Monday, November 25, 2013

The Day of the Doctor (2013) directed by Nick Hurran

Watching Doctor Who in a cinema is blasphemy.  Television in the cinema rarely works well; especially not special effects driven science fiction.  What looks great from the corner of your living room can look very cheap and nasty splashed over a 30 foot wide screen.  But blasphemy though it may be, at least it being on in the cinema gives me the excuse to write about Doctor Who, one of the only good things about an increasingly tired medium.

One of the major reasons the show is so suited to television is that the basic premise is television.  Doctor Who is about a man with a magic box who takes normal people to strange places.  The TARDIS, therefore, is a symbolic television: a real-life box that's bigger on the inside than on the outside.  Much like a television it transports ust to a new exotic world each week, exposing us to new ideas, expanding our horizons.  Doctor Who is the ultimate evangelist for the transformational power of television, its position that time/space channel hopping makes you a more rounded person.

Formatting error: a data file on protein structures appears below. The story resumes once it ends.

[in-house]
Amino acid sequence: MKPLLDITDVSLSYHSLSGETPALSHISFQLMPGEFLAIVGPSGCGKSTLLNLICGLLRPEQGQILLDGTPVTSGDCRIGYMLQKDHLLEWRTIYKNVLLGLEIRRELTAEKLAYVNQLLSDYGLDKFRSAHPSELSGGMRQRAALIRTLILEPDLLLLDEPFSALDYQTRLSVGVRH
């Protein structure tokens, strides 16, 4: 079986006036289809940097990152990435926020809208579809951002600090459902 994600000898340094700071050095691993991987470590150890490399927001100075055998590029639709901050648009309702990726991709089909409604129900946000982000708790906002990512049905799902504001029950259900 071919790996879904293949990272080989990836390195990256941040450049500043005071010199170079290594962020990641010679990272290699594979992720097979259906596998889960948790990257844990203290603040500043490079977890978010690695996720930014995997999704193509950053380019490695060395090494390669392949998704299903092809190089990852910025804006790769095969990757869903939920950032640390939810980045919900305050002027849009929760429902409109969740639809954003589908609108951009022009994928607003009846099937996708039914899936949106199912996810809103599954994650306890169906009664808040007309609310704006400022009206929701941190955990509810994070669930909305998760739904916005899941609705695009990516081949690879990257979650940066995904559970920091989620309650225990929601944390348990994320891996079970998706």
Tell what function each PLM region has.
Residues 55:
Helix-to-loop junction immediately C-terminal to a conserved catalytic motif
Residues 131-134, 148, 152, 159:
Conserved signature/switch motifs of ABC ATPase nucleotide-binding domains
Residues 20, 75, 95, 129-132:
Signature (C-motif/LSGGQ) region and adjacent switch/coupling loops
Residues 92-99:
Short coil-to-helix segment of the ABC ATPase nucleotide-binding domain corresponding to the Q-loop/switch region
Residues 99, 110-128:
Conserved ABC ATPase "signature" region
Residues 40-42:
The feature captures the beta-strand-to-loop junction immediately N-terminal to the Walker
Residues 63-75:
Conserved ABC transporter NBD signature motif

At the centre of all this a mercurial character that might have stepped off the pages of a H.G. Wells novel.  Given his shared DNA with Wells, it's appropriate that The Doctor comes wrapped in the trappings of the most recent British fairy kingdom; Victoriana.  On paper he's an ideal of British imperialism; the compassionate, educated white man dropping out of the sky to fix the problems of the natives.  Thankfully in practice the Doctor works as more of a collective dream of Britishness; respected but not feared; kind but powerful, funny, whimsical; stylishly retro, sometimes foolish but still respected.  In many respects he's the natural creation of a sixties Britain still coming to terms with its diminished place in postwar geopolitics: a man able to retreat into history yet also equipped with the knowhow to deal with very British worries: fascism (Daleks), communists (Cybermen), immigration (Silurians) etc.